Learn about the technologies behind the Internet with The TCP/IP Guide!
NOTE: Using robot software to mass-download the site degrades the server and is prohibited. See here for more.
Find The PC Guide helpful? Please consider a donation to The PC Guide Tip Jar. Visa/MC/Paypal accepted.
View over 750 of my fine art photos any time for free at DesktopScenes.com!

[ The PC Guide | The PC Buyer's Guide | Designing and Specifying PC Systems and Components | Key Non-Performance Issues In PC System Design ]

Standardized and Proprietary Designs

One of the greatest things about the general design of PC systems is that they are modular. While they may seem to be mysterious "black boxes" in some ways, they are in fact made of mostly standardized components that are connected in standardized ways. This is called an open design and is generally considered to be responsible for the success of the PC platform over the last two decades.

Standardization enables the relatively easy interoperability of different components within the PC world. It is key to the wide breadth and depth of different hardware and software choices that make the PC so flexible and accommodating. It is what makes it possible for the average person to make his or her own custom machine, or to repair one that uses standard components. It's not always perfect, but it beats the alternative: a closed design, where one company or group of companies controls what hardware you can use in your system.

In order to get the real benefits of standardization, however, one must make use of standard components and designs. Unfortunately, some PC designs forsake the open nature of standard PC designs by incorporating proprietary designs. These are systems where the PC maker has decided to use components that are not standardized, or has implemented standard components in a non-standard manner.

The designers of such systems usually have good intentions. They typically decide to make use of proprietary designs because they feel they can deliver a better product to the customer at a lower cost if they do this. And sometimes this is in fact the case: some people like the special features of certain proprietary designs. After all, a generalized modular design cannot be as readily tailored to a specific need as a special one.

Unfortunately, you know the old adage about road paving and good intentions. :^) The problem with proprietary designs is, well, the fact that they aren't standard. (How's that for a nice circular definition?) By moving away from standardization, proprietary designs give up the advantages of standard components. Here are some of the more important issues with such systems:

  • Choice and Flexibility: Proprietary designs are less flexible than standard ones. You usually will have fewer choices in components when you buy the system, because the design will usually be based around specific choices made by the company's engineers.
  • Expandability and Upgradeability: Proprietary systems are much more difficult to expand or upgrade than standard ones. If they are not designed to use standard components then you are limited in your expansion and upgrade options to whatever the manufacturer allows. This means you have fewer options, and you will also usually pay significantly more for any components you try to buy. If a new technology comes along a year after you buy your machine, you have to hope that the manufacturer will decide to support it.
  • Service: PCs made from standardized components can be repaired by pretty much any competent PC technician--including yourself, with some study and assistance. Proprietary systems must be worked on by those who have been specifically trained in how they are constructed. Again, this reduces your options and usually increases your costs.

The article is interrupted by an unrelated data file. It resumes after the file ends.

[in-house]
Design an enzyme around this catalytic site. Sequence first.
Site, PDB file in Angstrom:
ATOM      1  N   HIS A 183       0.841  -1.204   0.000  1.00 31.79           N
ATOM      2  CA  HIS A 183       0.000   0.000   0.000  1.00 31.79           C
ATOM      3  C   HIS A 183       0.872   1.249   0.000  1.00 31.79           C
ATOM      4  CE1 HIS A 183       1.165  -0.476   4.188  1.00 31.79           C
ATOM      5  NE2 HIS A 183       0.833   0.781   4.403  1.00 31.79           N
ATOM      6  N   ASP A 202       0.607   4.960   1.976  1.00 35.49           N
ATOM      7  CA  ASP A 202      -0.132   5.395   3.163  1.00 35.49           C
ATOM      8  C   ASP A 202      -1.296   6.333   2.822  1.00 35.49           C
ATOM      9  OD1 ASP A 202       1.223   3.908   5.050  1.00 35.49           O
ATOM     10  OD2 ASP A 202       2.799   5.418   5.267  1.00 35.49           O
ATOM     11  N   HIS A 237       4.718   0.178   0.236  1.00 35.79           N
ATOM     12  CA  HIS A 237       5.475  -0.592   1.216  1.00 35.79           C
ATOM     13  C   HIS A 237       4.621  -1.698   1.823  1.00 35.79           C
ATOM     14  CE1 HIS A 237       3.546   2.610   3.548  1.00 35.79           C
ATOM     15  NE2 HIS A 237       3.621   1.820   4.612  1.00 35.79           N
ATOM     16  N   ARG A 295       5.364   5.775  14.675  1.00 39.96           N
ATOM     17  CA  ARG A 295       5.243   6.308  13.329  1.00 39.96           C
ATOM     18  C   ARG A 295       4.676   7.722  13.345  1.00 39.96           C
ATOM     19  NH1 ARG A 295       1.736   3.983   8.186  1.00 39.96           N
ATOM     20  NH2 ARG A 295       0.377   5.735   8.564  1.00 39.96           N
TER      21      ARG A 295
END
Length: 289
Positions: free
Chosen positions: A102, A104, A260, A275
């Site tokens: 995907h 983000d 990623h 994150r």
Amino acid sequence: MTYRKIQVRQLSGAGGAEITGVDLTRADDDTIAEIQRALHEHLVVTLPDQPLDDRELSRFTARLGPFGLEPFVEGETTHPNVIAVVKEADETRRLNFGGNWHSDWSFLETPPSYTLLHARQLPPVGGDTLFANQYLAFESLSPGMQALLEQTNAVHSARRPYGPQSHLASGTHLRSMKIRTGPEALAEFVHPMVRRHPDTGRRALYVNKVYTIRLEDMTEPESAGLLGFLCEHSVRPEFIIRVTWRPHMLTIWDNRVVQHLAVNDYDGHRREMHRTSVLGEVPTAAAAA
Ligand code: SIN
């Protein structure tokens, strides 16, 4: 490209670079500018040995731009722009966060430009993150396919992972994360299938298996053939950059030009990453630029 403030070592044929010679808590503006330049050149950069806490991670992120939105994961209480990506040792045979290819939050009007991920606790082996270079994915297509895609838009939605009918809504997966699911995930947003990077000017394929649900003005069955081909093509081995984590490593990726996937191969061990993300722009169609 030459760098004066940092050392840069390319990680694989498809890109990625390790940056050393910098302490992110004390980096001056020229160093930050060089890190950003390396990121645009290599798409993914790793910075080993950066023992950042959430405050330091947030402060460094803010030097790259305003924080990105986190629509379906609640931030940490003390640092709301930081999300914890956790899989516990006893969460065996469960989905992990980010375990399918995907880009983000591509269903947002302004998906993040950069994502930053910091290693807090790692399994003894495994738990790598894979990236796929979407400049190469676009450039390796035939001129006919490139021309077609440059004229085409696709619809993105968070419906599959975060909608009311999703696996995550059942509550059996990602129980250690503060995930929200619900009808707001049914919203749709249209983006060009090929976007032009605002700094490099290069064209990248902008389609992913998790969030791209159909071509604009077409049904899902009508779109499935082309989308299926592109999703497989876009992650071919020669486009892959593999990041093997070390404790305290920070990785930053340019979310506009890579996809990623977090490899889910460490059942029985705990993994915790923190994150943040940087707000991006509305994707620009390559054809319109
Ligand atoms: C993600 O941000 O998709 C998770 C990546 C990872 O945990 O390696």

• Repair: With a proprietary system you must go back to the manufacturer for any replacement parts for the system. These usually cost far more than standardized replacements, if they are available at all.
  • Comprehension: Proprietary systems are more difficult to understand than standard ones, which matters if you want to really know what's going on "under the hood". Worse, in some cases the proprietary nature of some subsystems isn't spelled out. As an example, standard IDE/ATA hard disk channels, found in virtually all PCs, support either one or two devices. Some companies create their systems so that their IDE/ATA hard disk channels only support one device, but don't mention this in the product manual. This leads to much frustration when someone tries, for example, to add a second hard disk to that system and it doesn't work. They will usually think it is a problem with the hard disk.

It's not the case that a system is either "standardized" or "proprietary"--there is a spectrum of designs. Some PCs are made entirely of standardized components, but proprietary machines still use at least some standardized parts. You have to find out, however, what is standard and what is not in such a machine. The most proprietary designs are the "all-in-one" systems that include everything in one physical case, which are sold like appliances. Be very careful of such designs, because if anything goes wrong, everything is affected. If your PC has the logic components and the monitor in the same case, what happens if the monitor fails, or you decide you want a bigger one?

Note: Pretty much all notebook PCs should be considered proprietary. This is one of the reasons why you should only consider a notebook if the portability these units offer justifies their weaknesses.

Next: Expandability and Upgradeability

Home  -  Search  -  Topics  -  Up

The PC Guide (http://www.PCGuide.com)
Site Version: 2.2.0 - Version Date: April 17, 2001
Copyright 1997-2004 Charles M. Kozierok. All Rights Reserved.

Not responsible for any loss resulting from the use of this site.
Please read the Site Guide before using this material.
Custom Search